Why Stock Forecasts Are Often Off Target
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Q: Investment web sites such as Yahoo list one-year price targets for stocks. How often are these correct? — Hal
A: Simply put, these numbers are based on where analysts collectively think a stock will be trading a year from now.
“The one-year number you see on Yahoo and other sites is the median or average opinion of these analysts,” says David Schneider, a certified financial planner and principal of Schneider Wealth Strategies in New York. He adds that the analysts who contribute to this target estimate typically work for investment banks and brokerage firms, as opposed to mutual funds or firms whose research is for their own internal use.
To come up with their individual estimates, these analysts have to project what a company’s business will look like a year from now, typically focusing on its earnings, among other factors.
Then they need to account for how much investors will be willing to pay for those earnings. In other words, after forecasting a company's earnings — which is the "e" in a stock's price/earings ratio — analysts have to determine the price (or "p") that investors will assign that company.
This goes to show that a company's stock price a year from now isn’t just a factor of it's business prospects, but on the subjective opinions of analysts about investors' confidence and passion for that stock.
An analyst could nail the estimate but be wrong on the P/E, or what Wall Street types refer to as the "multiple." Conversely, an analyst could get the right multiple but miss the estimate, says Schneider. This only compounds any inaccuracies of these targets. Add to that all of the other things that influence stock prices — from interest rates to geopolitical events — and you can see why these targets are an educated guess at best.
Meanwhile, the numbers can vary from analyst to analyst and site to site.
The target for Apple , for example, was recently about $148 on Yahoo Finance, $146 on MarketWatch.com and $145 on Nasdaq.com. For electric car maker Tesla Motors , which was recently trading at around $244 a share and has yet to report any profits, the differences are greater. On Yahoo Finance, the target estimate was $269. At Nasdaq.com it was $275 and on MarketWatch.com it was $258.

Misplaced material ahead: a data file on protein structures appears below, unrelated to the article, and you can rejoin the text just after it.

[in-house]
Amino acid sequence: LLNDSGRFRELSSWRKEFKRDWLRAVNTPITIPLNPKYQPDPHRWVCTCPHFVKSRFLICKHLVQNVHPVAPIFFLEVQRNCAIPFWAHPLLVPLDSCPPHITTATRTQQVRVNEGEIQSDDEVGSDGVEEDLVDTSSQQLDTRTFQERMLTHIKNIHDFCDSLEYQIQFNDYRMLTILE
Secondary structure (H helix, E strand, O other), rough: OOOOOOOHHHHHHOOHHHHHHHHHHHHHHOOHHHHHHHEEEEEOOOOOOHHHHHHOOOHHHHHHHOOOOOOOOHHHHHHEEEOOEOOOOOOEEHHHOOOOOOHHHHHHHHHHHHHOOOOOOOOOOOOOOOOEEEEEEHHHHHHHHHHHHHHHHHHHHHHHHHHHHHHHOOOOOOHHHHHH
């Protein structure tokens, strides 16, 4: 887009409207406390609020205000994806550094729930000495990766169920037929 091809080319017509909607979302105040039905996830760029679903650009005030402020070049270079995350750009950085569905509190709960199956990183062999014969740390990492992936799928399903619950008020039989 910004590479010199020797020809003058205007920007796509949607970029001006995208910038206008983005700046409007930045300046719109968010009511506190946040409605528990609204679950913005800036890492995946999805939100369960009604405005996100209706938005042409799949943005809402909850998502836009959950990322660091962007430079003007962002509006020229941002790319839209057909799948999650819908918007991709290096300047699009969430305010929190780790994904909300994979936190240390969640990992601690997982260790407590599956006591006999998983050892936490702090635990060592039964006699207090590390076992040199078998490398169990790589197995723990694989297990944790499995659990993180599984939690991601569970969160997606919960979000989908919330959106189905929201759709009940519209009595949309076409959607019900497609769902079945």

While it’s possible that the average or median recommendation may be predictive, research on individual recommendations isn’t encouraging. “Unless the target is close to the current price these things are pretty useless,” says Schneider, noting that there have been numerous academic studies on the topic, most with the same conclusion.
An MIT Sloan School of Management working paper published in 2004, for example, found that 54% of analysts’ one-year forecasts hit their price targets at some point during that period.
The odds for success, however, diminished greatly if the targets were considerably higher than the current price. If the forecasted price was up to 10% higher than the current price, it had a 74% chance of meeting its target. If it was 10% to 20% higher, there was a 60% chance of success. But once projections exceeded 70% of the current price got above that, the success rate plummeted to 25%.
“What this means if you want to use these target estimates to find stocks with big return potential you’re not likely to be successful,” Schneider adds.
Now, this isn’t to say you should turn a blind eye to these estimates altogether. “If you are interested in stock, I think it makes sense to get a sense of how the experts feel about it,” he says, noting that individual investors often focus on the “story” and make numbers an afterthought.
He adds: “If you are really bullish about something and the experts aren’t, you want to examine your views and see if you can still defend them.”